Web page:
Author: Charles De Lint
Illustrator: Charles Vess
My rating: 5 of 5
Sarah Jane loves going up to Aunt Lillian’s place up the mountain, helping her with chores and hearing all her stories about the fairy folk–the Apple Tree man, the Father of Cats, and many others. It’s not as though she entirely believes in these stories, but they’re certainly interesting. Then one day, as she’s going out to gather ginseng for Aunt Lillian, she encounters a tiny man, seemingly made of sticks and bits of debris–a little man shot through with hundreds of tiny arrows. Feeling she has to help him, she carries the wounded fairy back to Aunt Lillian’s . . . little knowing that by doing so she is involving herself and her six sisters in a world–and a war–she knows almost nothing about.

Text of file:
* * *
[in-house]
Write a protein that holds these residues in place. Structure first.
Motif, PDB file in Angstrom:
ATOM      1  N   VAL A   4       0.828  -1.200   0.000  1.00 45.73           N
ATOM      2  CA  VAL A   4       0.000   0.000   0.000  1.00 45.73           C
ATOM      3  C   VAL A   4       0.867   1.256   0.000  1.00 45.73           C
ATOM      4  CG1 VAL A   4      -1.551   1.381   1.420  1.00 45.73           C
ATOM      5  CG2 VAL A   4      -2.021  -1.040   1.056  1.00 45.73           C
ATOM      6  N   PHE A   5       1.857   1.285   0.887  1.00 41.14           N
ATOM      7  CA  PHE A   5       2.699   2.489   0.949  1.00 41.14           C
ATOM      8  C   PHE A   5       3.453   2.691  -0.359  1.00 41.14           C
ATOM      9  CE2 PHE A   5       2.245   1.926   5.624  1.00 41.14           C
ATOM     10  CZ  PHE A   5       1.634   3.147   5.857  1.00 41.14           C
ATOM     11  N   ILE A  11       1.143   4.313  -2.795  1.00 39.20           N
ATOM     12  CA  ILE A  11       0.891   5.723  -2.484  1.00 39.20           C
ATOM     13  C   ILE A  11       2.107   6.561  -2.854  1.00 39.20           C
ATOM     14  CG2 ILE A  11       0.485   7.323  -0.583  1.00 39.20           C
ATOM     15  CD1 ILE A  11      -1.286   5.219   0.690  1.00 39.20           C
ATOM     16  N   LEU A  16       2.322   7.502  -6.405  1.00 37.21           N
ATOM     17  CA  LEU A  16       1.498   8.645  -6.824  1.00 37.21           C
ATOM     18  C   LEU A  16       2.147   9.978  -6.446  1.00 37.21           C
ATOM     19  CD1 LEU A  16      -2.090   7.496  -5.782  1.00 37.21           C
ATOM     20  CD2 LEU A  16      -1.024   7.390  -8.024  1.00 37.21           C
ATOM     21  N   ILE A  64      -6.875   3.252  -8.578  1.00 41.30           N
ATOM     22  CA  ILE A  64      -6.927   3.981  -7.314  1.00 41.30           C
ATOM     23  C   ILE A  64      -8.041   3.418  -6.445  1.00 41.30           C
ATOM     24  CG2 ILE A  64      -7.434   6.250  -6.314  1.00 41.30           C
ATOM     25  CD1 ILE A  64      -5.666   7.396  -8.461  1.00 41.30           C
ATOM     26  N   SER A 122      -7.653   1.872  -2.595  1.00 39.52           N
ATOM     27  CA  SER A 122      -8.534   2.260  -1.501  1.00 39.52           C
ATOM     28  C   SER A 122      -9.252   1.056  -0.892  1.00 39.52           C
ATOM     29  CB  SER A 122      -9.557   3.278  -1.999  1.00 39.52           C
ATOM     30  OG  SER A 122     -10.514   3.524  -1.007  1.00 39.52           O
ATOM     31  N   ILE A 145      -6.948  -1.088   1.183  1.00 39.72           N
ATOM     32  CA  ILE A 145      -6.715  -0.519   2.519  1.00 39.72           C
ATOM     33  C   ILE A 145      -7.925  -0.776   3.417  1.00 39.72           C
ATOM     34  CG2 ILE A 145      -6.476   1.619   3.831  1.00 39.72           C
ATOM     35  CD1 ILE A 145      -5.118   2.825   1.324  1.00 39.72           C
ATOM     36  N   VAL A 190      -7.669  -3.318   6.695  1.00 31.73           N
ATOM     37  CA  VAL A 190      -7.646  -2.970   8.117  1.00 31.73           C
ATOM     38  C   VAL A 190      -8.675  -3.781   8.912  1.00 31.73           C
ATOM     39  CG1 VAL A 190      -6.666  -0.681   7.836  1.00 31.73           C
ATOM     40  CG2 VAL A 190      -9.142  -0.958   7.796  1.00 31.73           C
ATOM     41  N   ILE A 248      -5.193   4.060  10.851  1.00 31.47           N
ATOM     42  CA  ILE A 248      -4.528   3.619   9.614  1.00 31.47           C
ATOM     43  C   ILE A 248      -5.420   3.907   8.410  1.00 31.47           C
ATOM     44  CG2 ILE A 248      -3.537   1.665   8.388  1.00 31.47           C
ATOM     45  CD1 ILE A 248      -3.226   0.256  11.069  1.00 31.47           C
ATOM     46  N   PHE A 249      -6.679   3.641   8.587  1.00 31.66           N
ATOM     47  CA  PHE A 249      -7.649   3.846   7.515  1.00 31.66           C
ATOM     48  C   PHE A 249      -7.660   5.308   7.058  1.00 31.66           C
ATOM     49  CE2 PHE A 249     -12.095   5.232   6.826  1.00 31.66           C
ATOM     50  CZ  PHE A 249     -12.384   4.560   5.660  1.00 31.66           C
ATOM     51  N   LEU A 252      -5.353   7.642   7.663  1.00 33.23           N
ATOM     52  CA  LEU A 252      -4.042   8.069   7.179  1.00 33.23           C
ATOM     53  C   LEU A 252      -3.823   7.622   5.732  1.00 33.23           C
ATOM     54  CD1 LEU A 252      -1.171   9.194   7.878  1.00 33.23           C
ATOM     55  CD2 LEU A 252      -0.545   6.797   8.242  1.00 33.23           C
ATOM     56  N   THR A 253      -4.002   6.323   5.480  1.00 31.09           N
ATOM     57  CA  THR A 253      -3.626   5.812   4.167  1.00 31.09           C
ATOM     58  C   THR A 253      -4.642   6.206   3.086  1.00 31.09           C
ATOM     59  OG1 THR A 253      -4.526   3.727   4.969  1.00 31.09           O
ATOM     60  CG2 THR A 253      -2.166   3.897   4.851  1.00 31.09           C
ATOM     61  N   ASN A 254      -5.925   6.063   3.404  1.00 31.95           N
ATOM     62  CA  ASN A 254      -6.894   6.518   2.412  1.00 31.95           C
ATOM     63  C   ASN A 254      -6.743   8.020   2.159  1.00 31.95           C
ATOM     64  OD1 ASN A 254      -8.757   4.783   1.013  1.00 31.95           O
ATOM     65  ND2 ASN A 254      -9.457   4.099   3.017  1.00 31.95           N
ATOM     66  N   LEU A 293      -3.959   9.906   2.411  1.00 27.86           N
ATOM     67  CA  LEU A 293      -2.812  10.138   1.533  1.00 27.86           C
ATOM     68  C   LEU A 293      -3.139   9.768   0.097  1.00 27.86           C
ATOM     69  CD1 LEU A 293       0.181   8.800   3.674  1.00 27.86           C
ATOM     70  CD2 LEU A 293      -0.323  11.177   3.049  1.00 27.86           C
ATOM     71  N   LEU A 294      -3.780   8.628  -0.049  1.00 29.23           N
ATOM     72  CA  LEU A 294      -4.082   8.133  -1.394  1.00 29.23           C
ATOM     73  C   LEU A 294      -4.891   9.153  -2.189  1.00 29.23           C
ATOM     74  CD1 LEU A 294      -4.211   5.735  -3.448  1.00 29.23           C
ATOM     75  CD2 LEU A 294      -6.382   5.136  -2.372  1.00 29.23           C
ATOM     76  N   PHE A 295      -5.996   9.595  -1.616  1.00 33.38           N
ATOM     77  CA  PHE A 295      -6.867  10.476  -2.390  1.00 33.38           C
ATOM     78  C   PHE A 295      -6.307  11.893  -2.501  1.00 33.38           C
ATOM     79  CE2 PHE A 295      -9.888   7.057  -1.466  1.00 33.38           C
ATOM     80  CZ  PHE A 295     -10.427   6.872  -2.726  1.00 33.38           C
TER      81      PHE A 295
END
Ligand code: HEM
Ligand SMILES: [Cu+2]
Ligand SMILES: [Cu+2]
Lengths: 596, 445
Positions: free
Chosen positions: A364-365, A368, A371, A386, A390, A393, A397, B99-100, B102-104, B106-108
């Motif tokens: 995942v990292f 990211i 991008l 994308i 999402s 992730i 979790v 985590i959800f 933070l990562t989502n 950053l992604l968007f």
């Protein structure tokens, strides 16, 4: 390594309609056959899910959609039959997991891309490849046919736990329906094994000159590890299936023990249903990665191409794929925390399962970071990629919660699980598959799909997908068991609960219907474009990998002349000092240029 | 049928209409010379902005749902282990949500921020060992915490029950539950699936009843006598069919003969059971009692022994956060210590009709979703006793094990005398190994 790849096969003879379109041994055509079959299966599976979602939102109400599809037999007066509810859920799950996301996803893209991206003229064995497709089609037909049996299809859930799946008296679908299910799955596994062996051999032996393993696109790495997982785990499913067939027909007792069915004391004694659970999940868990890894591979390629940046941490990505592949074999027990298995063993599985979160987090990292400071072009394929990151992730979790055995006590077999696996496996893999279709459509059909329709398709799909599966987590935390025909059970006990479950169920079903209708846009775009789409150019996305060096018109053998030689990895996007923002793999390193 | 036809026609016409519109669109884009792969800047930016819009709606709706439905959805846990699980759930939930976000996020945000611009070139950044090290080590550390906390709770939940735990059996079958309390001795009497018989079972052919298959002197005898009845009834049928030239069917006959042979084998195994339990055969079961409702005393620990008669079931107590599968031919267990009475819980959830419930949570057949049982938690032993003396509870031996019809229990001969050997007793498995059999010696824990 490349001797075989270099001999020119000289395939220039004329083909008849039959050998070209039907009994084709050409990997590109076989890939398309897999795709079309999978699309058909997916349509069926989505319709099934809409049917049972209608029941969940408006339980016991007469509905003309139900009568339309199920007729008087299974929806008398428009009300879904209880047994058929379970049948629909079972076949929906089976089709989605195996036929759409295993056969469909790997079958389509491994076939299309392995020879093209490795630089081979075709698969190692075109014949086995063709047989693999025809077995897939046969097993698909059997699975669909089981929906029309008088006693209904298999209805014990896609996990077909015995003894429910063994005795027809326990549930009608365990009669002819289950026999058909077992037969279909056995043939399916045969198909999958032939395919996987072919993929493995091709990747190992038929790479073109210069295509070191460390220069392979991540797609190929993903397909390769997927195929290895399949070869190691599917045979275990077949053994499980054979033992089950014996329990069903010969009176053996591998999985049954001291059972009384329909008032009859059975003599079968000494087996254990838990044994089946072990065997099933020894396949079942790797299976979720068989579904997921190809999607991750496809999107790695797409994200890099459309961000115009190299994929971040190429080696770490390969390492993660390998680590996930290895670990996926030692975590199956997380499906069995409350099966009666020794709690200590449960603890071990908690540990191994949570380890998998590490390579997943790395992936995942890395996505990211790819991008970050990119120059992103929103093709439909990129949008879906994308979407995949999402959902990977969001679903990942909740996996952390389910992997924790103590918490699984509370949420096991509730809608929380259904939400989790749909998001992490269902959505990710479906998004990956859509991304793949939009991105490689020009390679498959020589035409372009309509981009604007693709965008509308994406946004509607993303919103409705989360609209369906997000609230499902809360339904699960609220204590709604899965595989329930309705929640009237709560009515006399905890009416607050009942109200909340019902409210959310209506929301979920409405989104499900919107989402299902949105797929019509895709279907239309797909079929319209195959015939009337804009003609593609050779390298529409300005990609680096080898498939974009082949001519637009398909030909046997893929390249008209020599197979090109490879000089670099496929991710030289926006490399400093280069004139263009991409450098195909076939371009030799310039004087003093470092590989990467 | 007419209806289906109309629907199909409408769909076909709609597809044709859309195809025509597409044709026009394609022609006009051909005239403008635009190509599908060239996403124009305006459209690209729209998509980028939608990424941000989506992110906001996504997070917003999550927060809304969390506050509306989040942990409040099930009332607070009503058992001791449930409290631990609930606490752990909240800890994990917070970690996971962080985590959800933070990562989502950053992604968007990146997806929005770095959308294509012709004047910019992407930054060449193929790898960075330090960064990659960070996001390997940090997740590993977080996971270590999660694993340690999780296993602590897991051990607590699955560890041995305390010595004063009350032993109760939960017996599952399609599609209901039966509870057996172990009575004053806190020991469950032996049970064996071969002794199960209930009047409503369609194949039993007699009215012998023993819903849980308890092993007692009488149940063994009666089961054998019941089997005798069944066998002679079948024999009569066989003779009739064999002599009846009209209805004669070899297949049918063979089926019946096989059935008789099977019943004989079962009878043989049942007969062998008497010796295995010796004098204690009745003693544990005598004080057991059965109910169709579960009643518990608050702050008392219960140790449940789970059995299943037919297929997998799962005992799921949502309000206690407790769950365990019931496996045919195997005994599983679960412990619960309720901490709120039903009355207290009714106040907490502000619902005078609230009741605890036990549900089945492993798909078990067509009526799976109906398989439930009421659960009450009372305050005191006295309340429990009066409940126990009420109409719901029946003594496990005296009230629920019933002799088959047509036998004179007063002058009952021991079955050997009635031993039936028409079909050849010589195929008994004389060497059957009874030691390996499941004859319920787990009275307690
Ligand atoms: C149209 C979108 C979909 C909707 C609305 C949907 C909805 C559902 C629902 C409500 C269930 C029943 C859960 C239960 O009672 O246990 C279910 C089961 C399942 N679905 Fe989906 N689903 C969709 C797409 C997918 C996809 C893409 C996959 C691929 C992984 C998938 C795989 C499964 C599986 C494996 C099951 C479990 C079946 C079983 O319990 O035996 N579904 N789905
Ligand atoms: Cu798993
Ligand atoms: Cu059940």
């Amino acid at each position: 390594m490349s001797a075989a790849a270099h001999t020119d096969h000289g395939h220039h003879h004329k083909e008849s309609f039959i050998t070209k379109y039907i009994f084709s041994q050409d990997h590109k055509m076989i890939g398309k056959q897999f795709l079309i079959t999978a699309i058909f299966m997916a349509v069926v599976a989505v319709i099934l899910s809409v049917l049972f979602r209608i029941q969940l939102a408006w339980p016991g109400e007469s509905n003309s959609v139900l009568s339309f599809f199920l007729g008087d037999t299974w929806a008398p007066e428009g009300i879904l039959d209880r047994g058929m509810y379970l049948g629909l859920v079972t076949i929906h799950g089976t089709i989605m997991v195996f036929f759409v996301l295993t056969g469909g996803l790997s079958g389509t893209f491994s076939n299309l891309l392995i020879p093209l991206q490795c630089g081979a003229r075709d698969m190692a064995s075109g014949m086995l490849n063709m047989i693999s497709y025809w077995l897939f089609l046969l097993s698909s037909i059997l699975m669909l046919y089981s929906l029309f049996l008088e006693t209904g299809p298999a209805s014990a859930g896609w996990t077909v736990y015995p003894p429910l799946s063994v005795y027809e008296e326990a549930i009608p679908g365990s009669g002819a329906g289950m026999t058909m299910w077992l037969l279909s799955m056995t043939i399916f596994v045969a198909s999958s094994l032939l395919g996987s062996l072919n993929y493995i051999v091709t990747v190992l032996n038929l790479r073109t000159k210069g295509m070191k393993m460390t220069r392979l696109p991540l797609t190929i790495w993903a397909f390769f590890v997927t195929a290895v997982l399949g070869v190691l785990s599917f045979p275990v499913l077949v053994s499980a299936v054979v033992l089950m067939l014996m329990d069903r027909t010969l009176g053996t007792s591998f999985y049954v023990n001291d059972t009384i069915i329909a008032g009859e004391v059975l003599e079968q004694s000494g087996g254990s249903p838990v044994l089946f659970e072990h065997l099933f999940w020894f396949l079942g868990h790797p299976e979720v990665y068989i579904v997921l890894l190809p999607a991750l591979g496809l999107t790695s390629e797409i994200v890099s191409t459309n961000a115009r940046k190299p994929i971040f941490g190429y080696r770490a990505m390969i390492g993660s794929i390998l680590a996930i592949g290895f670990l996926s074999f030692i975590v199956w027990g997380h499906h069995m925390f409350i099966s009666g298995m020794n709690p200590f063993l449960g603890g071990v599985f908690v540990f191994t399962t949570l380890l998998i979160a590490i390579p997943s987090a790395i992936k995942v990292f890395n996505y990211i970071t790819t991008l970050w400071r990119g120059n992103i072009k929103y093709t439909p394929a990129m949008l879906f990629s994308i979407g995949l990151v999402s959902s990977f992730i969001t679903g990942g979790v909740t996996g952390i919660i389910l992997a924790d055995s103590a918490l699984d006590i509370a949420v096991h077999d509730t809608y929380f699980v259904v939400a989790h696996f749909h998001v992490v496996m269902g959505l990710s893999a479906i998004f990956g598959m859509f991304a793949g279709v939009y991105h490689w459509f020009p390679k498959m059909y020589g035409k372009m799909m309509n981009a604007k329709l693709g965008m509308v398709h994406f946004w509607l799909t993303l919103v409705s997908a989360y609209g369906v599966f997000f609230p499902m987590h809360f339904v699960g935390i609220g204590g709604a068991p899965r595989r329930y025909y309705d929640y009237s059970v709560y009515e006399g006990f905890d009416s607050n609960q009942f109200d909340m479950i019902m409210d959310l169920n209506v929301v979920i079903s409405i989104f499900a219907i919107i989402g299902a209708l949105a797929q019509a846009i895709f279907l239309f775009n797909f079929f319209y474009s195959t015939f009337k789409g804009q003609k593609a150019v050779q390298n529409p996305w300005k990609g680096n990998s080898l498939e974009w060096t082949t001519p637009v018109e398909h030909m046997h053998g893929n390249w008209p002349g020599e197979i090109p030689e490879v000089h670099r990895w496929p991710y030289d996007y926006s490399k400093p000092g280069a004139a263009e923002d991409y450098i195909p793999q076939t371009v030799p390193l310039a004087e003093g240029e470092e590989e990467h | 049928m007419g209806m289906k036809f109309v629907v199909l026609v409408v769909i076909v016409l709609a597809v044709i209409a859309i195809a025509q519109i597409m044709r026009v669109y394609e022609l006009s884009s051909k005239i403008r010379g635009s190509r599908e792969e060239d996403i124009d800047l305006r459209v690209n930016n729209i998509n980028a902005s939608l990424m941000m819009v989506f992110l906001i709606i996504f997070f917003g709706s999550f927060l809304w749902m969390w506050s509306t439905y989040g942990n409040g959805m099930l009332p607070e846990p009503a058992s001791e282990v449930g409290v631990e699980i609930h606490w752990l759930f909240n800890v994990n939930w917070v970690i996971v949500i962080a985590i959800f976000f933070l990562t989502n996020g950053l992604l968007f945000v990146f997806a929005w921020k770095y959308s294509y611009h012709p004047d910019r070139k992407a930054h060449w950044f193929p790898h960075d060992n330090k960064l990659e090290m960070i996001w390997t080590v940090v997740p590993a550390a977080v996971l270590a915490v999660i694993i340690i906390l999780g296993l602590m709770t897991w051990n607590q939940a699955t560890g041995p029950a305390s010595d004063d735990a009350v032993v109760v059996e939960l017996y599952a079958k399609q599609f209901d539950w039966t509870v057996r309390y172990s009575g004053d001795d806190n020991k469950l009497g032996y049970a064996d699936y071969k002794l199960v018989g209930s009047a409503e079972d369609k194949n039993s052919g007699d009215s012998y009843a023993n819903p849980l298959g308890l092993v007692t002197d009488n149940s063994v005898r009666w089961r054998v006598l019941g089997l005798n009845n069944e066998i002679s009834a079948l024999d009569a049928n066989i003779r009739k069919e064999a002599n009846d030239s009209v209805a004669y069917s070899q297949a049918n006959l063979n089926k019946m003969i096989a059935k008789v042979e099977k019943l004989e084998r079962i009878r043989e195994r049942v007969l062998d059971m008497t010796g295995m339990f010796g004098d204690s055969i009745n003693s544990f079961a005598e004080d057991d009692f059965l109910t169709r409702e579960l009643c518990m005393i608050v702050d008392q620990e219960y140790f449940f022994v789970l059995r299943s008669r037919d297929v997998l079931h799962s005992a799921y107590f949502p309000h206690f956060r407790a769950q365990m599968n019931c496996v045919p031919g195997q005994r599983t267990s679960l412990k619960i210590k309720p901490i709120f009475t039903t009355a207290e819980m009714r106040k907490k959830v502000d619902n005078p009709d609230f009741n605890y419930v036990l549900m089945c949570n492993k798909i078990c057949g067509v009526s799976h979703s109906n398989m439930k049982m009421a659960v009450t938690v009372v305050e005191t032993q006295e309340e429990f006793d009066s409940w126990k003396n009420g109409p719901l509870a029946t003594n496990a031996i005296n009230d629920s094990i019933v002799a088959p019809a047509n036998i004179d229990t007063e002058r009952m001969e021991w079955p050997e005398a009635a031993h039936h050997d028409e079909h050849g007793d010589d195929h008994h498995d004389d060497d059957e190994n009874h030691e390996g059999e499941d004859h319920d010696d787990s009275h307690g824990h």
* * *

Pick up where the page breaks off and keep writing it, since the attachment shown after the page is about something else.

I’ve been a fan of Charles De Lint’s books for quite a while, mostly his amazing urban fantasies like The Painted Boy and Spirits in the Wires. I’ve never really read any of his children’s books, so Seven Wild Sisters was a fun new experience for me. While it is definitely a good read for kids (mostly leaving out stuff like sex and language), it carries through with all the best things that make me love De Lint’s writing: a vivid world, interesting and unusual characters, folk music, animals. And of course, the whole venture into the other world–written in a way that is quite consistent with how he writes it in his other volumes, but with a lot of local Appalachian flavor. I really love how the spirits and fairies are unique to the locality, as well as how the characters themselves are so full of the color of their home and the mountains. Plus, the book is rich with Charles Vess’s gorgeous illustrations; you could seriously read this book just for the pictures! I would highly recommend Seven Wild Sisters, especially to those who love a good fairy tale or urban fantasy.